The alleged smear campaign not only has included repeated calls to the cops and to regulators, but also shoddy renovation work in the lobby that has purportedly appalled and even chased away potential customers.
On June 22, building management opened a two-foot hole in the dome of the rotunda and poked nine smaller holes in the ceiling, as part of a purported asbestos-removal program. The holes in the ceiling were covered up with panels that don’t match, and the dome was covered with an “unsightly” white plastic sheet, court papers show.
“The sponsors of the wedding last Friday were very upset at the condition of the lobby, particularly the condition of the dome,” complained Cipriani attorney Steven Wagner in a July 5 letter to L&L lawyer Jodi Kleinick.
It’s the same don’t-upset-the-happy-couple defense that Team Cipriani has employed since the lobby debacle first started three landlords ago. “It would be disastrous,” pleaded Mr. Cipriani’s former catering director, Wendy Gordon, in a 2006 affidavit, “to tell the bride and groom four days before their wedding ceremony that they can’t have their ceremony in the lobby of the building.”
And it’s not the first time that Mr. Cipriani has put his high standards of hospitality ahead of supposed safety measures. In 2003, he sued Rockefeller Center to prevent the installation of metal detectors at the entrance to the renowned Rainbow Room, which Cipriani USA also operates, citing party planners’ concerns about long lines to get through security.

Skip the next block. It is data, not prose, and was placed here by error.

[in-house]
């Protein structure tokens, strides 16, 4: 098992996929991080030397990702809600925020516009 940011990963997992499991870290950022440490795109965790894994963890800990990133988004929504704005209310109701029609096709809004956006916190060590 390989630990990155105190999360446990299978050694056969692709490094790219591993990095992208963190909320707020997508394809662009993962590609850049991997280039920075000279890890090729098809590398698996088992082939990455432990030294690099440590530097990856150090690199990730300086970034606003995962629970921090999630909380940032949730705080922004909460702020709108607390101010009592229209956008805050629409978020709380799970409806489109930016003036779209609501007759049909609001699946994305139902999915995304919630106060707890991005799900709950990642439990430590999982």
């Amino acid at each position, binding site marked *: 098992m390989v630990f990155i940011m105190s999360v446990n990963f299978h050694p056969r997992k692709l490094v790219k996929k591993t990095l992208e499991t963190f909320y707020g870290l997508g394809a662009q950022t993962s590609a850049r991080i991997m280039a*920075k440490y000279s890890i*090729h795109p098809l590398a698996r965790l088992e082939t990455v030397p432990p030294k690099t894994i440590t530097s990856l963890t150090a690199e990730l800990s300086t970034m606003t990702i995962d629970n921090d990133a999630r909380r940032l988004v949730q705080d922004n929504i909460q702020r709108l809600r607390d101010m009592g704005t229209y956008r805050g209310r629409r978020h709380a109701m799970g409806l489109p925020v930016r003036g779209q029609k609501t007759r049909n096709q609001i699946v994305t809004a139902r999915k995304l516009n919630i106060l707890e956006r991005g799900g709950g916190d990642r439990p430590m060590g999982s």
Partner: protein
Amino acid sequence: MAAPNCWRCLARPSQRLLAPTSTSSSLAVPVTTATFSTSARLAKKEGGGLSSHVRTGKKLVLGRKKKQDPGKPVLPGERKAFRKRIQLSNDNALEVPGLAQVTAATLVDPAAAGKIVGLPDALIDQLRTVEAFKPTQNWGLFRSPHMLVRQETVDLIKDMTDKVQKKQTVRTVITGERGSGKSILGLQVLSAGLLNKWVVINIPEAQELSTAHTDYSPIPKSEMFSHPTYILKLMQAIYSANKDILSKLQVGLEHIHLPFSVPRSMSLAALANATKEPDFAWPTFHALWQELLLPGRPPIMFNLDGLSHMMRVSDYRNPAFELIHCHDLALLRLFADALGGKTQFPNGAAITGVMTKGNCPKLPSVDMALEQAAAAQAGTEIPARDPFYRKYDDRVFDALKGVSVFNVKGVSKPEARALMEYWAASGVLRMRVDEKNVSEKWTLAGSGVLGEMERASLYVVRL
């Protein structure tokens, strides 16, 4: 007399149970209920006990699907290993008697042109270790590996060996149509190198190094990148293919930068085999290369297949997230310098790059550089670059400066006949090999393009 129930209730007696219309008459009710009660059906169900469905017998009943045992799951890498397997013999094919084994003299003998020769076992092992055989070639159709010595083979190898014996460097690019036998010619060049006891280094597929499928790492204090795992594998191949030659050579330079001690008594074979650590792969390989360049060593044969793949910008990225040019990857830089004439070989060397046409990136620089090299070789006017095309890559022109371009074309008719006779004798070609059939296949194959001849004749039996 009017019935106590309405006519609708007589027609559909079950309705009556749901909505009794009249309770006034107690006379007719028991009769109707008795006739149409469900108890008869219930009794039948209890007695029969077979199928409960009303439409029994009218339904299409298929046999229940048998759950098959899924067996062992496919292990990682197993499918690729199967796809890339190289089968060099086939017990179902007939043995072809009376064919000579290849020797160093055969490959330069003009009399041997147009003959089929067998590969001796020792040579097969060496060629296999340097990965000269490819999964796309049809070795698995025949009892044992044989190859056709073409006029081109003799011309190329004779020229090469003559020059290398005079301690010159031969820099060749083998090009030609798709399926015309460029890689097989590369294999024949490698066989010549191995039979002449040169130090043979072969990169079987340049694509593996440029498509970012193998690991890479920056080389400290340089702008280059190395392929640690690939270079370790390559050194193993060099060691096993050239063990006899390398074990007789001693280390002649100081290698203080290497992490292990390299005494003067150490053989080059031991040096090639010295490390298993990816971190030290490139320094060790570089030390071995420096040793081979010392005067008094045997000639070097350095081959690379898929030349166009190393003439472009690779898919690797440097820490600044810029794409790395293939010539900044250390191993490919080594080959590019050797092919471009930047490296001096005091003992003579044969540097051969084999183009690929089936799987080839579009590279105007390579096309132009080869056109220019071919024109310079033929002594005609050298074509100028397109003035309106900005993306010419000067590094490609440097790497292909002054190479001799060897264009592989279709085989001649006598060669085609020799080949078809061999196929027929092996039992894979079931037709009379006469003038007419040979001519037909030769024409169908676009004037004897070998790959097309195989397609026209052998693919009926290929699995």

According to L&L’s lawyers, the prior court record only strengthens their contention that Mr. Cipriani brazenly flouts the law.
“[I]f the City says you’re using the premises in the lobby unlawfully, what will your client do?” a judge asked Mr. Cipriani’s attorney, Mr. Wagner, according to a transcript of a January 2007 hearing.
“They’ll stop,” Mr. Wagner said—a promise that L&L claims Mr. Cipriani has not kept. (Although the city has declined to approve a permanent assembly permit for the Toy Center lobby, it has issued a temporary permit through the end of August.)
YET EVEN BREAKING THE LAW sometimes isn’t enough to stop a culinary juggernaut like Mr. Cipriani.
Consider last week’s guilty plea to a single charge of defrauding the city and state to the tune of $10 million in unpaid taxes, allegedly concealed through bogus licensing fees due to the company’s international parent, Cipriani SA, and sheltered in a secretive Luxembourg bank
In exchange, prosecutors agreed not to charge Mr. Cipriani with the far more serious crime of insurance fraud, allegedly “committed acting in concert” with former Cipriani vice president, Dennis Pappas, a reputed ex-mob associate who once managed several Cipriani locations and is now in prison.
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